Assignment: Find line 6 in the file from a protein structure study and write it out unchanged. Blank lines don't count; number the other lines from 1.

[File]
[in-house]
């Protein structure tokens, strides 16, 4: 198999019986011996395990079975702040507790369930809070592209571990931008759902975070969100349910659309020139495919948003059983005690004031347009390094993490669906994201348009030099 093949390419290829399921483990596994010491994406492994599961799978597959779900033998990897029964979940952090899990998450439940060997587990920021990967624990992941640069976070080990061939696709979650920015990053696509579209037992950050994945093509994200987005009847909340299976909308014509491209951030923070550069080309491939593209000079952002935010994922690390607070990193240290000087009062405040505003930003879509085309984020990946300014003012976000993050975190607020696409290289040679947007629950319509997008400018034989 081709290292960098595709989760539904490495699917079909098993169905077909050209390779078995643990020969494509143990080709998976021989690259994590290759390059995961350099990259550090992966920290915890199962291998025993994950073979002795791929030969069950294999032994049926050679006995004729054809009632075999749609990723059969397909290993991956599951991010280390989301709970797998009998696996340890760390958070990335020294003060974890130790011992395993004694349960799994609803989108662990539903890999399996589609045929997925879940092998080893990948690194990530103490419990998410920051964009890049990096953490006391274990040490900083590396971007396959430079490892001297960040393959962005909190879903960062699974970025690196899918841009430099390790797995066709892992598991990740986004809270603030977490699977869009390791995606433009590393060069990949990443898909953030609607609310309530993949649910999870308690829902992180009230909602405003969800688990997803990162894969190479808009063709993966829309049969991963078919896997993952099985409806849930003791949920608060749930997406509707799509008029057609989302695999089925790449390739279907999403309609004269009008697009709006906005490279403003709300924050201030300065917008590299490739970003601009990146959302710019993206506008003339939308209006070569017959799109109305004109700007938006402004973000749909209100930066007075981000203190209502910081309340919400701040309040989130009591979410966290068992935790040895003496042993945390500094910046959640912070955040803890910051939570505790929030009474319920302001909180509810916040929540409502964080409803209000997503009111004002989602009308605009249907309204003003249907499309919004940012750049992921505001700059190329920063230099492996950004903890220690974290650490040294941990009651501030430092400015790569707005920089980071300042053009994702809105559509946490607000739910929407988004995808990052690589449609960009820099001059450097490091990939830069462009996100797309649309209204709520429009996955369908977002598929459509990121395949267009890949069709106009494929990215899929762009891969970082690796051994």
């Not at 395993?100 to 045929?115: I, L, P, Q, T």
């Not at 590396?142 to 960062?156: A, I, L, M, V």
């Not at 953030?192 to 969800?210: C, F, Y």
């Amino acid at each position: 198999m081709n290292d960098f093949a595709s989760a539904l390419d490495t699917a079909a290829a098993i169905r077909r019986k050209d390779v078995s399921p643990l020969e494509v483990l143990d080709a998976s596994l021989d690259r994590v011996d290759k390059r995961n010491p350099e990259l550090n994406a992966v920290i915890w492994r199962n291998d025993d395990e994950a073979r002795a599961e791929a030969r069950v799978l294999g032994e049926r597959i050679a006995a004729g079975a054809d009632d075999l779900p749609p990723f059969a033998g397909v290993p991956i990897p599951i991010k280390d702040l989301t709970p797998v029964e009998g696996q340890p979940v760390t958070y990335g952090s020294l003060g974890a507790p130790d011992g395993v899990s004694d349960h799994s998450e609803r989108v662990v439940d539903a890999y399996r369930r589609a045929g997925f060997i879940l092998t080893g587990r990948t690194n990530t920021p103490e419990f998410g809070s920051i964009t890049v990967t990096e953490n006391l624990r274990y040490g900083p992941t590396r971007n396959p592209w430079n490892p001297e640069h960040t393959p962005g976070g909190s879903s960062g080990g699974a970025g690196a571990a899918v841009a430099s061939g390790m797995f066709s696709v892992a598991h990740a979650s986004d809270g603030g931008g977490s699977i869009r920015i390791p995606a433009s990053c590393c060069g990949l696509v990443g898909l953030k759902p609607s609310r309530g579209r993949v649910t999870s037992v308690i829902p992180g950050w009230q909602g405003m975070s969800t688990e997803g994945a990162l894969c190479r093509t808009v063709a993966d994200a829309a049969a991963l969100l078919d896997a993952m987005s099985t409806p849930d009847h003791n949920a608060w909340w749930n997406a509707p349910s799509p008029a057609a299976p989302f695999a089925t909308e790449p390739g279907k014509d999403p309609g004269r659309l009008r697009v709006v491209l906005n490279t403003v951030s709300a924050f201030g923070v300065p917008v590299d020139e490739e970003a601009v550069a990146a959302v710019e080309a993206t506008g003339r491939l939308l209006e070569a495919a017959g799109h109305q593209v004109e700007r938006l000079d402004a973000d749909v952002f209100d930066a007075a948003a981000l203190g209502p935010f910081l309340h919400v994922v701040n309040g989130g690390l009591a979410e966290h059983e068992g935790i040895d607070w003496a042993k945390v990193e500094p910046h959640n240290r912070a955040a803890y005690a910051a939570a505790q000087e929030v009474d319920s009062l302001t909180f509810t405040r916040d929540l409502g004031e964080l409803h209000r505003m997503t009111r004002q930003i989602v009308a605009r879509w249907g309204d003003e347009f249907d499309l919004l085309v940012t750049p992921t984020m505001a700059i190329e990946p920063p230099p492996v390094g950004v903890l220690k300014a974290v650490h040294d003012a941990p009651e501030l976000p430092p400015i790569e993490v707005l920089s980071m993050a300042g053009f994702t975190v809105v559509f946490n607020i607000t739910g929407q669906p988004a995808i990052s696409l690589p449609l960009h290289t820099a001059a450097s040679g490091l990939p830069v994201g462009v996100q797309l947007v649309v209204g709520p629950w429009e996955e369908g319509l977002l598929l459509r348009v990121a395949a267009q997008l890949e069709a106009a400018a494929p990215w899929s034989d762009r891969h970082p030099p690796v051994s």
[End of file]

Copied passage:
């Amino acid at each position: 198999m081709n290292d960098f093949a595709s989760a539904l390419d490495t699917a079909a290829a098993i169905r077909r019986k050209d390779v078995s399921p643990l020969e494509v483990l143990d080709a998976s596994l021989d690259r994590v011996d290759k390059r995961n010491p350099e990259l550090n994406a992966v920290i915890w492994r199962n291998d025993d395990e994950a073979r002795a599961e791929a030969r069950v799978l294999g032994e049926r597959i050679a006995a004729g079975a054809d009632d075999l779900p749609p990723f059969a033998g397909v290993p991956i990897p599951i991010k280390d702040l989301t709970p797998v029964e009998g696996q340890p979940v760390t958070y990335g952090s020294l003060g974890a507790p130790d011992g395993v899990s004694d349960h799994s998450e609803r989108v662990v439940d539903a890999y399996r369930r589609a045929g997925f060997i879940l092998t080893g587990r990948t690194n990530t920021p103490e419990f998410g809070s920051i964009t890049v990967t990096e953490n006391l624990r274990y040490g900083p992941t590396r971007n396959p592209w430079n490892p001297e640069h960040t393959p962005g976070g909190s879903s960062g080990g699974a970025g690196a571990a899918v841009a430099s061939g390790m797995f066709s696709v892992a598991h990740a979650s986004d809270g603030g931008g977490s699977i869009r920015i390791p995606a433009s990053c590393c060069g990949l696509v990443g898909l953030k759902p609607s609310r309530g579209r993949v649910t999870s037992v308690i829902p992180g950050w009230q909602g405003m975070s969800t688990e997803g994945a990162l894969c190479r093509t808009v063709a993966d994200a829309a049969a991963l969100l078919d896997a993952m987005s099985t409806p849930d009847h003791n949920a608060w909340w749930n997406a509707p349910s799509p008029a057609a299976p989302f695999a089925t909308e790449p390739g279907k014509d999403p309609g004269r659309l009008r697009v709006v491209l906005n490279t403003v951030s709300a924050f201030g923070v300065p917008v590299d020139e490739e970003a601009v550069a990146a959302v710019e080309a993206t506008g003339r491939l939308l209006e070569a495919a017959g799109h109305q593209v004109e700007r938006l000079d402004a973000d749909v952002f209100d930066a007075a948003a981000l203190g209502p935010f910081l309340h919400v994922v701040n309040g989130g690390l009591a979410e966290h059983e068992g935790i040895d607070w003496a042993k945390v990193e500094p910046h959640n240290r912070a955040a803890y005690a910051a939570a505790q000087e929030v009474d319920s009062l302001t909180f509810t405040r916040d929540l409502g004031e964080l409803h209000r505003m997503t009111r004002q930003i989602v009308a605009r879509w249907g309204d003003e347009f249907d499309l919004l085309v940012t750049p992921t984020m505001a700059i190329e990946p920063p230099p492996v390094g950004v903890l220690k300014a974290v650490h040294d003012a941990p009651e501030l976000p430092p400015i790569e993490v707005l920089s980071m993050a300042g053009f994702t975190v809105v559509f946490n607020i607000t739910g929407q669906p988004a995808i990052s696409l690589p449609l960009h290289t820099a001059a450097s040679g490091l990939p830069v994201g462009v996100q797309l947007v649309v209204g709520p629950w429009e996955e369908g319509l977002l598929l459509r348009v990121a395949a267009q997008l890949e069709a106009a400018a494929p990215w899929s034989d762009r891969h970082p030099p690796v051994s």